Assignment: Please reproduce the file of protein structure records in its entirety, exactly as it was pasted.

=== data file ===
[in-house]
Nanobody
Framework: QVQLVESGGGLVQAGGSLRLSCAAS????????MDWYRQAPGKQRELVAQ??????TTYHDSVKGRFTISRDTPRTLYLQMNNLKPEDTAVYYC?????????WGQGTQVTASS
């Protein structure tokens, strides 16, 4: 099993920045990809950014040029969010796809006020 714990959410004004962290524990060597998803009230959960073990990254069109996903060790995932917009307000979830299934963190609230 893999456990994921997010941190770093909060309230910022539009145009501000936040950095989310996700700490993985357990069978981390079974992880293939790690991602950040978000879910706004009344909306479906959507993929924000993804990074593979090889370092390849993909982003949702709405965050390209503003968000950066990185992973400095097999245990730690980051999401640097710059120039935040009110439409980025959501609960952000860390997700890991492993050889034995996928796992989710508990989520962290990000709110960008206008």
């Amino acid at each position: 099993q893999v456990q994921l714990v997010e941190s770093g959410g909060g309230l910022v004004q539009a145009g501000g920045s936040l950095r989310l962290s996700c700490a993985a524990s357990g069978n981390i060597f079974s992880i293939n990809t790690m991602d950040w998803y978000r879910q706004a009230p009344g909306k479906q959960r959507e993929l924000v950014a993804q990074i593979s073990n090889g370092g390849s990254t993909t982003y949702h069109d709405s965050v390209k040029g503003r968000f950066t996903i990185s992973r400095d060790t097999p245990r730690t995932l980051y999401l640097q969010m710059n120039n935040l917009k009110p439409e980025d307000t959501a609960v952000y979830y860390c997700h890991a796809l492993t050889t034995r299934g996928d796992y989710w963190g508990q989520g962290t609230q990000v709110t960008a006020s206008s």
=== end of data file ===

[in-house]
Nanobody
Framework: QVQLVESGGGLVQAGGSLRLSCAAS????????MDWYRQAPGKQRELVAQ??????TTYHDSVKGRFTISRDTPRTLYLQMNNLKPEDTAVYYC?????????WGQGTQVTASS
């Protein structure tokens, strides 16, 4: 099993920045990809950014040029969010796809006020 714990959410004004962290524990060597998803009230959960073990990254069109996903060790995932917009307000979830299934963190609230 893999456990994921997010941190770093909060309230910022539009145009501000936040950095989310996700700490993985357990069978981390079974992880293939790690991602950040978000879910706004009344909306479906959507993929924000993804990074593979090889370092390849993909982003949702709405965050390209503003968000950066990185992973400095097999245990730690980051999401640097710059120039935040009110439409980025959501609960952000860390997700890991492993050889034995996928796992989710508990989520962290990000709110960008206008």
């Amino acid at each position: 099993q893999v456990q994921l714990v997010e941190s770093g959410g909060g309230l910022v004004q539009a145009g501000g920045s936040l950095r989310l962290s996700c700490a993985a524990s357990g069978n981390i060597f079974s992880i293939n990809t790690m991602d950040w998803y978000r879910q706004a009230p009344g909306k479906q959960r959507e993929l924000v950014a993804q990074i593979s073990n090889g370092g390849s990254t993909t982003y949702h069109d709405s965050v390209k040029g503003r968000f950066t996903i990185s992973r400095d060790t097999p245990r730690t995932l980051y999401l640097q969010m710059n120039n935040l917009k009110p439409e980025d307000t959501a609960v952000y979830y860390c997700h890991a796809l492993t050889t034995r299934g996928d796992y989710w963190g508990q989520g962290t609230q990000v709110t960008a006020s206008s």